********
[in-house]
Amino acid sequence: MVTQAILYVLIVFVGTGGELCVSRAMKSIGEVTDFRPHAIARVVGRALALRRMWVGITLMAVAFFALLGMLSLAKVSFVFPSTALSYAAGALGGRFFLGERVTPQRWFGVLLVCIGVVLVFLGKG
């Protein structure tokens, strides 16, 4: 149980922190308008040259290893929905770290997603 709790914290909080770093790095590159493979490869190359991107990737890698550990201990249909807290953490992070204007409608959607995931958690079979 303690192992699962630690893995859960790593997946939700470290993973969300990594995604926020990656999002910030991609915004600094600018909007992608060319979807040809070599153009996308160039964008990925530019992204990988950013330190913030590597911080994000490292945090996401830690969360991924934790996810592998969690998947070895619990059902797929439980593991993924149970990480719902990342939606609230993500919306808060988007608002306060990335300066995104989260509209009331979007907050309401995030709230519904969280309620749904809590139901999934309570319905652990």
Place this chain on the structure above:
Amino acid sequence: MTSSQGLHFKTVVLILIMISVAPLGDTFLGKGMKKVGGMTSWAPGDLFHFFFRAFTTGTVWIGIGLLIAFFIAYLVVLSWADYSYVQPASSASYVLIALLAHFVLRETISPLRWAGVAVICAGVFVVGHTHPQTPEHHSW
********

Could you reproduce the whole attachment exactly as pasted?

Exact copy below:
[in-house]
Amino acid sequence: MVTQAILYVLIVFVGTGGELCVSRAMKSIGEVTDFRPHAIARVVGRALALRRMWVGITLMAVAFFALLGMLSLAKVSFVFPSTALSYAAGALGGRFFLGERVTPQRWFGVLLVCIGVVLVFLGKG
């Protein structure tokens, strides 16, 4: 149980922190308008040259290893929905770290997603 709790914290909080770093790095590159493979490869190359991107990737890698550990201990249909807290953490992070204007409608959607995931958690079979 303690192992699962630690893995859960790593997946939700470290993973969300990594995604926020990656999002910030991609915004600094600018909007992608060319979807040809070599153009996308160039964008990925530019992204990988950013330190913030590597911080994000490292945090996401830690969360991924934790996810592998969690998947070895619990059902797929439980593991993924149970990480719902990342939606609230993500919306808060988007608002306060990335300066995104989260509209009331979007907050309401995030709230519904969280309620749904809590139901999934309570319905652990």
Place this chain on the structure above:
Amino acid sequence: MTSSQGLHFKTVVLILIMISVAPLGDTFLGKGMKKVGGMTSWAPGDLFHFFFRAFTTGTVWIGIGLLIAFFIAYLVVLSWADYSYVQPASSASYVLIALLAHFVLRETISPLRWAGVAVICAGVFVVGHTHPQTPEHHSW